The city of Cangzhou in northern China granted search giant Baidu a permit to begin commercial robotaxi services on some of its streets, the company said on Monday.
Why it matters: Baidu is the first Chinese company with permission to offer robotaxi rides to paying customers, which requires additional permits, and is a strategic milestone for its costly, years-long quest for self-driving cars.
Details: Baidu will be allowed to operate its autonomous ride-hailing vehicles with safety drivers on public roads spanning 229 kilometers (142 miles) in areas including the city’s downtown, the company said Monday in an announcement. The company can also begin testing out trip fares with its volunteers using discounts and coupons, according to a deployment permit issued by the government on Friday.
- A total of 35 robotaxis will kick off the deployment, the company said, though a spokeswoman did not specify a timeframe when asked.
- Cangzhou also granted permits for another 10 Baidu AVs to drive without a human driver behind the wheel, state-owned media Hebei Daily reported Wednesday (in Chinese).
Context: Cangzhou, the third-biggest city in northern Hebei province, was late to the AV race, lagging Beijing and Shanghai by over a year. However, it is catching up quickly by leveraging its partnership with Baidu, which is accelerating its autonomous transportation initiative.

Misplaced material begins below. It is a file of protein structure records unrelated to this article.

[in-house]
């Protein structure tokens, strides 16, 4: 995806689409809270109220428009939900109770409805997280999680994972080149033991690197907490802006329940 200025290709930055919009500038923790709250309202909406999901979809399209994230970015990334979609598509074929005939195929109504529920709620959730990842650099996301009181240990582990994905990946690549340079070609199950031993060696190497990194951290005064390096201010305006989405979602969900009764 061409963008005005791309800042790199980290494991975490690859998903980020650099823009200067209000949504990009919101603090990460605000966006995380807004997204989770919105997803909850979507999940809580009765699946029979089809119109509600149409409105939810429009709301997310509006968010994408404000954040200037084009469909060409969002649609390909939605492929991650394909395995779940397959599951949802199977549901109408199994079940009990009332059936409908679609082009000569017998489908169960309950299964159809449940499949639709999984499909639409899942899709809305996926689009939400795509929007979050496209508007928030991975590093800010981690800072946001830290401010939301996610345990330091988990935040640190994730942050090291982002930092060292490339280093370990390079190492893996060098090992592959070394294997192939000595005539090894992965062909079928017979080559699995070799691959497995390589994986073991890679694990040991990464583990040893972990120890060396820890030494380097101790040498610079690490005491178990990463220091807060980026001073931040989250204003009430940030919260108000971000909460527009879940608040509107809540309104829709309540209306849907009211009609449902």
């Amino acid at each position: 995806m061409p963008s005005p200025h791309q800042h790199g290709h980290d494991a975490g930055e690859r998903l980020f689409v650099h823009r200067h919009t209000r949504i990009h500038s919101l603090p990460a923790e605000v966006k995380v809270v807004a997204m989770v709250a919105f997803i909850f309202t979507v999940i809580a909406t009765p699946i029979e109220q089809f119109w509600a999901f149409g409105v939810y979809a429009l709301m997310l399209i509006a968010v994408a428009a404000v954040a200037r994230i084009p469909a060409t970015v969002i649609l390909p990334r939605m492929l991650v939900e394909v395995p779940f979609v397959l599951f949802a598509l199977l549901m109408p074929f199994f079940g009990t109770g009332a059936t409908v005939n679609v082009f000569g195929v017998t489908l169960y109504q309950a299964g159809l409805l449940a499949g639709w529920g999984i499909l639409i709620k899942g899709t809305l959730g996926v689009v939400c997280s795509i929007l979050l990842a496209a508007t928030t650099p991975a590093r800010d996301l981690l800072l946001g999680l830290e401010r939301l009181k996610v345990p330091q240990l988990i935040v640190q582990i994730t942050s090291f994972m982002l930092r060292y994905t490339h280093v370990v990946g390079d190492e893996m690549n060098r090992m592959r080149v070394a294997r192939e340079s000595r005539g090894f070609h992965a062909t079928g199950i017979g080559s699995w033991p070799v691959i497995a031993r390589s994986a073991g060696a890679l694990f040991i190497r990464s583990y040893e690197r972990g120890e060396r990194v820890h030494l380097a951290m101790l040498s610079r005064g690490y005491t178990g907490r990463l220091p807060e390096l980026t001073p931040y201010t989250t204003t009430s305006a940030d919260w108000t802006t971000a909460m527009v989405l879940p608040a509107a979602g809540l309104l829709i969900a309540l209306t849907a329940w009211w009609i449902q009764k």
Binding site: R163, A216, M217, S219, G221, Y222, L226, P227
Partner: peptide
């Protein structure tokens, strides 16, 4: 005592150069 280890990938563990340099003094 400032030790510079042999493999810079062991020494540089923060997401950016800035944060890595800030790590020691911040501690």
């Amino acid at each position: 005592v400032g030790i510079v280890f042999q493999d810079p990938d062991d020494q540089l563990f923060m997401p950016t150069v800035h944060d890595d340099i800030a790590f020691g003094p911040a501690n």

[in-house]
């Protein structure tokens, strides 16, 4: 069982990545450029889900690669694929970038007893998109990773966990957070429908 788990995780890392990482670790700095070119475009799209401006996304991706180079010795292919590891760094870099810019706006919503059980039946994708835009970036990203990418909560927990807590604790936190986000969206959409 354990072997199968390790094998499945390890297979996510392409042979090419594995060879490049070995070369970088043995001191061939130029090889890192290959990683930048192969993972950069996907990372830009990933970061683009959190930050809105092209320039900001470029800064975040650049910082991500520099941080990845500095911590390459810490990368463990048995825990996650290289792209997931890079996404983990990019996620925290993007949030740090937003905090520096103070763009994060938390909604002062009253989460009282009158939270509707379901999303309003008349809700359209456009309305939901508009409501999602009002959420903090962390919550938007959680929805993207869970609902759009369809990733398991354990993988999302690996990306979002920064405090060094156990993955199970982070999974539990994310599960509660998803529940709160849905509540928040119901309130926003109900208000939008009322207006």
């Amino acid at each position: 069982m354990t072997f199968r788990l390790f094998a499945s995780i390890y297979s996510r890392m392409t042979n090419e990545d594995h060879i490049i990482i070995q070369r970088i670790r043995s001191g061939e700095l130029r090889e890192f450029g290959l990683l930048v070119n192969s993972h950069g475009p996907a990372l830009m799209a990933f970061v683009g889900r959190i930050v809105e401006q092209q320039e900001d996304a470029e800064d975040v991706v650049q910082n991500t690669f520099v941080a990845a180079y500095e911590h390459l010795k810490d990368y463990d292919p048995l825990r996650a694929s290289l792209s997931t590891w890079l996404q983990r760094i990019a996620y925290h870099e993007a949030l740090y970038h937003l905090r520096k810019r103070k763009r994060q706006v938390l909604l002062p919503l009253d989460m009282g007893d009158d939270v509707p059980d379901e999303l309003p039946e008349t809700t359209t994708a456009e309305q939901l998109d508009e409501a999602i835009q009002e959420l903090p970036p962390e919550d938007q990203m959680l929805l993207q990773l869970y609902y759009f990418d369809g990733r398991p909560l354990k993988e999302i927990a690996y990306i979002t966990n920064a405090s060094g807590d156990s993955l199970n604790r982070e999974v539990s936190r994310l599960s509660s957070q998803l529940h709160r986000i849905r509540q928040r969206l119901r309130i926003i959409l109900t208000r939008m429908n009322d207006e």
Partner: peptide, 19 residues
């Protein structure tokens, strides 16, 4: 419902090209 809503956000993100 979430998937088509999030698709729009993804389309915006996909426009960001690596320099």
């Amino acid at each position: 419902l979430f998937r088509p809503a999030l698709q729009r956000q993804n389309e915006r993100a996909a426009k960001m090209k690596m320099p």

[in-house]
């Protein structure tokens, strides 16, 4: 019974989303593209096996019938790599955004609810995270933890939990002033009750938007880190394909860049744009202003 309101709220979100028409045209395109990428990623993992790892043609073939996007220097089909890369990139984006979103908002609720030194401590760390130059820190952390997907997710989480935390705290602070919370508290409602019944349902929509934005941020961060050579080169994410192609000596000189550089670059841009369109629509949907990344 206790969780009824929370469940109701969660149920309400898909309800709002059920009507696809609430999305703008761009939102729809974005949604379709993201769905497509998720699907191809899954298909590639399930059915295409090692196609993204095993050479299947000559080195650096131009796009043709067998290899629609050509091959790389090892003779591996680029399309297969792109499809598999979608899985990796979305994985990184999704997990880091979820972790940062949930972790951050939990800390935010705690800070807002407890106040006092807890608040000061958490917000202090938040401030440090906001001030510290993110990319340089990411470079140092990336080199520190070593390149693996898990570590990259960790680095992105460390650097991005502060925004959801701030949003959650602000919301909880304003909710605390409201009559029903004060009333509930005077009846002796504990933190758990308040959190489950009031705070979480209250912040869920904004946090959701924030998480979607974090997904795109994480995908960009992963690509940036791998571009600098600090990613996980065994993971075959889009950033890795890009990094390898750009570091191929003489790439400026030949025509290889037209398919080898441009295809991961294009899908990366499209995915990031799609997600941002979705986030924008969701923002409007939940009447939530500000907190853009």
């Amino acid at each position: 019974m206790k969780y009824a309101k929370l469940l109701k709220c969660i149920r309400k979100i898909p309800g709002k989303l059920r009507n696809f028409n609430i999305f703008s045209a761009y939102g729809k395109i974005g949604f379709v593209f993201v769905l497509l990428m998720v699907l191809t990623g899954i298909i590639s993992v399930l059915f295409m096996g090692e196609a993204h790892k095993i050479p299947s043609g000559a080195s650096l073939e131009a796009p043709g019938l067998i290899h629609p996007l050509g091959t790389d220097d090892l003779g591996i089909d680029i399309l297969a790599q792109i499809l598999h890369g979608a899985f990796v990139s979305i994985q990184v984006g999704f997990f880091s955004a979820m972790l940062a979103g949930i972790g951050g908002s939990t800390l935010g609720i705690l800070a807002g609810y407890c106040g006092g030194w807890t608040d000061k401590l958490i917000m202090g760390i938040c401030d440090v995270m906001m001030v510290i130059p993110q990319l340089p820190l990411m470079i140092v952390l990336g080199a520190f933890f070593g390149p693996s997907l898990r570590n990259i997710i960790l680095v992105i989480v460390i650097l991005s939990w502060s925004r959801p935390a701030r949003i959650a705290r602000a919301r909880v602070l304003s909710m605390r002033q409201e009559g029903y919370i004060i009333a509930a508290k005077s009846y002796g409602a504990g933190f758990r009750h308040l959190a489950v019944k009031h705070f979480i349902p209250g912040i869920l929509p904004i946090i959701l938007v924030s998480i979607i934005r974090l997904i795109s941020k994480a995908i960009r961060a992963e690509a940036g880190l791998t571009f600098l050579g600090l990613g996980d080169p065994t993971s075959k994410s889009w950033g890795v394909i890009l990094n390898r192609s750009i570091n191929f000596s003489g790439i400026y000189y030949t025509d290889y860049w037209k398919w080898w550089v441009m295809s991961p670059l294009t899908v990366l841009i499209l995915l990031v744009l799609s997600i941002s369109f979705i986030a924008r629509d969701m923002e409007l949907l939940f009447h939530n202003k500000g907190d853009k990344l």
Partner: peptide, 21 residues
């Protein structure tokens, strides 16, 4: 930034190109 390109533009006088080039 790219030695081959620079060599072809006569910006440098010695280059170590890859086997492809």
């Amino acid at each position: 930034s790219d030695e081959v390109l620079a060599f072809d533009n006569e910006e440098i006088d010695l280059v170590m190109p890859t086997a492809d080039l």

- Baidu began piloting its robotaxi service to public in Cangzhou in August, but was prohibited from charging fees from riders until recently.
- Cangzhou granted its first AV testing permit to Baidu for a fleet of 30 vehicles in late 2019. The city has the country’s third-largest self-driving testing road network, following Beijing with 700 kilometers and Shanghai’s 560 kilometers.
- Guangzhou, China’s southern gateway, and Changsha, the capital city of the central Hunan province, have both opened around 160 kilometers of public roads for AV tests.
- Baidu has not yet received a green light from Changsha authorities to charge fees for robotaxi services. Neither has WeRide, a Guangzhou-based AV upstart.